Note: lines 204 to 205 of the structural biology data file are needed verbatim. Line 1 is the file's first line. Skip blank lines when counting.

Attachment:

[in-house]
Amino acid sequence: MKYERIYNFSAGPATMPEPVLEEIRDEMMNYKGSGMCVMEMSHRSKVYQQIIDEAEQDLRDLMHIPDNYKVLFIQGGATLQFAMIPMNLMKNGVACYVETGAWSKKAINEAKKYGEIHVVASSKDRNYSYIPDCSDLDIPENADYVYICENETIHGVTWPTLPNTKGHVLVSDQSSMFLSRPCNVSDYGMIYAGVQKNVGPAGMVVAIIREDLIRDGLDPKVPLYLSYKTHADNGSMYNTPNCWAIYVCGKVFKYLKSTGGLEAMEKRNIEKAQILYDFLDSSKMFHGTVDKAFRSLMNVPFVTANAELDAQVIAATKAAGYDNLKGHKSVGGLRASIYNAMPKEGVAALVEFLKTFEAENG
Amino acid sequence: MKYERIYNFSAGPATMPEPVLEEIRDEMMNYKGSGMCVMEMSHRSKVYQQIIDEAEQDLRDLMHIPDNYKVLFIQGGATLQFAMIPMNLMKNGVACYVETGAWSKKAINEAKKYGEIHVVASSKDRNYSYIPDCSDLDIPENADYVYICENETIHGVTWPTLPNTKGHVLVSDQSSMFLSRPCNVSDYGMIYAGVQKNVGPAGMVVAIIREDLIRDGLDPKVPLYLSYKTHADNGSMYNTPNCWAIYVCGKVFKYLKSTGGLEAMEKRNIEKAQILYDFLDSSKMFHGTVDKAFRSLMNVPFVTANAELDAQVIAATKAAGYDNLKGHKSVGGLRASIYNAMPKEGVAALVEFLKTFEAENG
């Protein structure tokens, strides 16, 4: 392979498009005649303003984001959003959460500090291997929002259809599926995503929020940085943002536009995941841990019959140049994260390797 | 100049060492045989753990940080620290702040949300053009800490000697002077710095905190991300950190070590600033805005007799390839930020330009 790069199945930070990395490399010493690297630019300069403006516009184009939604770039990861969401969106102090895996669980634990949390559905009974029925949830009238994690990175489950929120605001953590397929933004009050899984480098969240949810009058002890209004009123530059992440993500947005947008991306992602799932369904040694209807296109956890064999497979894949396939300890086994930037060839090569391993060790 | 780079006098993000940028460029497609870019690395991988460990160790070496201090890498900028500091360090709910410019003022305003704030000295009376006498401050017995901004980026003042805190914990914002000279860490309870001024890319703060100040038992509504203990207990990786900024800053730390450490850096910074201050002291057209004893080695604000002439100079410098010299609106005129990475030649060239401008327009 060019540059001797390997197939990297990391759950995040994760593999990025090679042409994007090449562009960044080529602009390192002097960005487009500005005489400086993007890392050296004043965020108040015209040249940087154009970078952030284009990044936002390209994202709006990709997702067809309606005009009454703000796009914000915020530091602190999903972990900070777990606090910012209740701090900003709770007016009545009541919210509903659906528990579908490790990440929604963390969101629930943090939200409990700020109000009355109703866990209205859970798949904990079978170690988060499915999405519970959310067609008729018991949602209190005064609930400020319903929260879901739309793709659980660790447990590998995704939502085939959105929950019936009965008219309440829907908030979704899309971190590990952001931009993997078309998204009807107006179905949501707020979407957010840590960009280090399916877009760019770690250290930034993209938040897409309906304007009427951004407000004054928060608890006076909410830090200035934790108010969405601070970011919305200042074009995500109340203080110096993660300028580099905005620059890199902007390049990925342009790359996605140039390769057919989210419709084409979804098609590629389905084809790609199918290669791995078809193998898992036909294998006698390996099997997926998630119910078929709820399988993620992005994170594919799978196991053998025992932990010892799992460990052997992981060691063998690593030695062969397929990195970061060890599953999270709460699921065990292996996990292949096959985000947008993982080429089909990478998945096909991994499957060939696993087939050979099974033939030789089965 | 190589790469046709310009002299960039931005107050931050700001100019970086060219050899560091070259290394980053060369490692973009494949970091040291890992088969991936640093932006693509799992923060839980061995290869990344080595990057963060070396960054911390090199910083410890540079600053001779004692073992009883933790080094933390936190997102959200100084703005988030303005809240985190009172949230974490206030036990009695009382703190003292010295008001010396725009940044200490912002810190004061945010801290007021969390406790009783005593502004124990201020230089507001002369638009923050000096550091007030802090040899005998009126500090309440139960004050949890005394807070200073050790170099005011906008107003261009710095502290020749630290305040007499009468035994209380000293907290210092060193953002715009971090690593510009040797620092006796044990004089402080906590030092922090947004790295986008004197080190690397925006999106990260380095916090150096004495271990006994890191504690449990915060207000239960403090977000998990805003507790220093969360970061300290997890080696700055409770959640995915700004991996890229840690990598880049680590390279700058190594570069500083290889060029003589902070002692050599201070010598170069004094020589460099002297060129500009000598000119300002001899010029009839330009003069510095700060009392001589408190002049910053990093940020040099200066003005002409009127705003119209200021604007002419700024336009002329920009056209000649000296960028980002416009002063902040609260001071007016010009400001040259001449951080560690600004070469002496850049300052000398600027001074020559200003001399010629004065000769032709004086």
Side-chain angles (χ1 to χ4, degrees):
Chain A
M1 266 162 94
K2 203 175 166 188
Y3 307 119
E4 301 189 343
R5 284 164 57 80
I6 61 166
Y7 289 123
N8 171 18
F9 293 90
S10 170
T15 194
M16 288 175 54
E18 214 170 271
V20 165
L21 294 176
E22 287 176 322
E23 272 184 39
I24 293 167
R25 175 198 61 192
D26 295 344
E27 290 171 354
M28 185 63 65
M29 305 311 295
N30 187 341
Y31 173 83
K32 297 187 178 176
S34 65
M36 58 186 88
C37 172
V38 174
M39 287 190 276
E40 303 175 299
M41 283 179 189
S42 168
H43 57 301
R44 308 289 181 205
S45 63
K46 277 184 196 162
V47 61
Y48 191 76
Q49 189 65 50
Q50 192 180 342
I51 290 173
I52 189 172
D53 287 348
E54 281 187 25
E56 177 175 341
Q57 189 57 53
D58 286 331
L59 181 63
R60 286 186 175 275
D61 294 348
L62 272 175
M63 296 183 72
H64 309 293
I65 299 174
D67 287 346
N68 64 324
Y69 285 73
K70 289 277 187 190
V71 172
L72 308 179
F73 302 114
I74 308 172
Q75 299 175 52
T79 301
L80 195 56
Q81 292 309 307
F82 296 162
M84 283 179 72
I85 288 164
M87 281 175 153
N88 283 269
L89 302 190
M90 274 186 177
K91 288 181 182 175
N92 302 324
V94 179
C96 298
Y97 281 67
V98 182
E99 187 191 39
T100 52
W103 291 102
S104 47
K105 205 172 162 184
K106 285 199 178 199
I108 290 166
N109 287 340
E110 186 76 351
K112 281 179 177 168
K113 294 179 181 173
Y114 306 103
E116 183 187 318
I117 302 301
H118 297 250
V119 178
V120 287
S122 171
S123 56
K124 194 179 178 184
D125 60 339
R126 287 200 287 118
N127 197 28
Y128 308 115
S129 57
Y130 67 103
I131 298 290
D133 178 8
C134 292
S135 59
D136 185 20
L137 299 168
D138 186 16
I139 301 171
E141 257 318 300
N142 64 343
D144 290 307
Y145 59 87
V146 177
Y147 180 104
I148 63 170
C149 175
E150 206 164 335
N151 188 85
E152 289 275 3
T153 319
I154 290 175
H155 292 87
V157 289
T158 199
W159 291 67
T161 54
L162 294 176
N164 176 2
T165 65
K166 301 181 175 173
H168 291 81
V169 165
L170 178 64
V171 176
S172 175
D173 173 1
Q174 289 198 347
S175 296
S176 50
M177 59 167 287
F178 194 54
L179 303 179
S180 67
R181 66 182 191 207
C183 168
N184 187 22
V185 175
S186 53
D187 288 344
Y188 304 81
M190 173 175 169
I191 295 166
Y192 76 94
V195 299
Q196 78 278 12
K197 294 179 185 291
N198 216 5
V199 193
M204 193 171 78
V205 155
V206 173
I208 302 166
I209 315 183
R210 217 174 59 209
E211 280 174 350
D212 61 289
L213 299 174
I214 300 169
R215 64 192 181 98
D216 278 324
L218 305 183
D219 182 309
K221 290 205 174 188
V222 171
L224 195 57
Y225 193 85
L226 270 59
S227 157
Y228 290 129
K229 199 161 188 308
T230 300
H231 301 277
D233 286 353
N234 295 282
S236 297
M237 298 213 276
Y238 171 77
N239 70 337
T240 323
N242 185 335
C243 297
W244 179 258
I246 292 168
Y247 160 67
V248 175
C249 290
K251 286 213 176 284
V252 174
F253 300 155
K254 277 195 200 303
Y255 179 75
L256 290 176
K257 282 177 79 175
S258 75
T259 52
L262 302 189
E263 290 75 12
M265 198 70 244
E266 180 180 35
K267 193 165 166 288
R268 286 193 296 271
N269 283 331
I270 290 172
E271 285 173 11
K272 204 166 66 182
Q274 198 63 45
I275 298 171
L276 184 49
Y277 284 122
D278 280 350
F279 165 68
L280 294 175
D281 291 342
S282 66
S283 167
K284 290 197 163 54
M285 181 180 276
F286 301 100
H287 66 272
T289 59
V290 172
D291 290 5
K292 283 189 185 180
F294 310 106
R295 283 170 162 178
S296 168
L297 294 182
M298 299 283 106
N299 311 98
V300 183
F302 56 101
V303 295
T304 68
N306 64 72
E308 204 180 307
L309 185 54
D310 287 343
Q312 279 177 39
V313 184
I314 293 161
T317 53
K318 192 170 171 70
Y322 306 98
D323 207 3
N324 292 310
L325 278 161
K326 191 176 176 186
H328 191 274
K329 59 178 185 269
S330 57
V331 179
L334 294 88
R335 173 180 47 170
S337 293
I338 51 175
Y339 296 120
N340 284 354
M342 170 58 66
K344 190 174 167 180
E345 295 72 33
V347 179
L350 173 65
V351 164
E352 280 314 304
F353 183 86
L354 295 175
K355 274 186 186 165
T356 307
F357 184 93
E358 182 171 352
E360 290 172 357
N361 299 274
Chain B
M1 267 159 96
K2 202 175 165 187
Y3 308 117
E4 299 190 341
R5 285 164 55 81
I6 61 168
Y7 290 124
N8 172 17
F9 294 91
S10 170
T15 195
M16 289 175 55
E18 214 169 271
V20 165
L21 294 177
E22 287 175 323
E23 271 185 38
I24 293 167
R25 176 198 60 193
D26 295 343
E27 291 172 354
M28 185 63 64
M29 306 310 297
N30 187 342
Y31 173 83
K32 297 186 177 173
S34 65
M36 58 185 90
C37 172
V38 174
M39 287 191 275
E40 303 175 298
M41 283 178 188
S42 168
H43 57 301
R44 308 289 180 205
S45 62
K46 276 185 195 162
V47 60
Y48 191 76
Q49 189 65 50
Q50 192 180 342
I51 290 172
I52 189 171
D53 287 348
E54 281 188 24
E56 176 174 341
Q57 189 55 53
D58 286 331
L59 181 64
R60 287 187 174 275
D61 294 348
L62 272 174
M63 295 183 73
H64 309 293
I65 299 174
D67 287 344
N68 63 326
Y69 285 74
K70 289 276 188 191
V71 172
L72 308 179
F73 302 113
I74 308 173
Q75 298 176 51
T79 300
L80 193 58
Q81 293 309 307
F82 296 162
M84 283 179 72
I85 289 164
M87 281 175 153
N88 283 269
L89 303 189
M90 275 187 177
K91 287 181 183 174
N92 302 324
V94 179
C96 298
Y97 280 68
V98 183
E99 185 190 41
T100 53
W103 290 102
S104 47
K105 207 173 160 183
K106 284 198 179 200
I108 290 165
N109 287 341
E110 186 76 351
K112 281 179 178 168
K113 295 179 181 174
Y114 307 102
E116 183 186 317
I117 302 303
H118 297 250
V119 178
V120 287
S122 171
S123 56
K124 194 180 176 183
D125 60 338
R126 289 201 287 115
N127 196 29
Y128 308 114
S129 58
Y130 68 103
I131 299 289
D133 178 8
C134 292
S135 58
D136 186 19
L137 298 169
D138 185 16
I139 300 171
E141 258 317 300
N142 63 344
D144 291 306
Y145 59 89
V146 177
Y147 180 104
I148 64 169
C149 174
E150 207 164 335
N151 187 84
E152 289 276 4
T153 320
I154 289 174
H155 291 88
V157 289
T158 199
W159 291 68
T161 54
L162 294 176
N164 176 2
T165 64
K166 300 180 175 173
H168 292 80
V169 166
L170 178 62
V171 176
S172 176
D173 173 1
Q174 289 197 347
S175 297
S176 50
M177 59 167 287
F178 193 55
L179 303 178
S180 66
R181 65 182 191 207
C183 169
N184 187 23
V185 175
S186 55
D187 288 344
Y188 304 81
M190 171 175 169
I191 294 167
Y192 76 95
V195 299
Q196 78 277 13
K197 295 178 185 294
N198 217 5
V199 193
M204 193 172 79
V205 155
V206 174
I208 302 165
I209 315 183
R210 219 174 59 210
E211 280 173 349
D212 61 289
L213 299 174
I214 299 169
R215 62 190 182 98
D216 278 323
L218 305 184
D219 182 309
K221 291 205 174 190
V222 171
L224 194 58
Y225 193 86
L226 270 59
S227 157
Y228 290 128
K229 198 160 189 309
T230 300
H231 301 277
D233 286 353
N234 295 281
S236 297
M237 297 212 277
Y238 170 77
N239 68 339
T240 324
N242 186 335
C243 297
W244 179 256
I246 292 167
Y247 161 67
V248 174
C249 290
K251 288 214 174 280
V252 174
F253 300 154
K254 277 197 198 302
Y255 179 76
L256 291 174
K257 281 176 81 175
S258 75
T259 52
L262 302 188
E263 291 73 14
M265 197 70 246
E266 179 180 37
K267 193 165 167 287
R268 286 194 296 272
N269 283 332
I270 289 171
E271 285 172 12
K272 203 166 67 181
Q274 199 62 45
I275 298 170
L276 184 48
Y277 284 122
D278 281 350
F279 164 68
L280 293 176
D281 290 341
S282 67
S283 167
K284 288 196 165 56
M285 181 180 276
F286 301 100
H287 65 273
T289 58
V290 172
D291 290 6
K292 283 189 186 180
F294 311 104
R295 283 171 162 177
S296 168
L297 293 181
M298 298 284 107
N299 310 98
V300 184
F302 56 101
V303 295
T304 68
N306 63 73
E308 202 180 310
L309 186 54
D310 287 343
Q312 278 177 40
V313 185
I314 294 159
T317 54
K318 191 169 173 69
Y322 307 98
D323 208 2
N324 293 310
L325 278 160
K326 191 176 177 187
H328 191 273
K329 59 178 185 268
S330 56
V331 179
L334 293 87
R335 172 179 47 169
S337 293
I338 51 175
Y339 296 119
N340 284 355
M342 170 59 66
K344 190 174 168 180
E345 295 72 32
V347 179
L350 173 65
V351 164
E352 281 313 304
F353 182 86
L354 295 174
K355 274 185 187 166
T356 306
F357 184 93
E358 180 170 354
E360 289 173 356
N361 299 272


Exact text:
C243 297
W244 179 258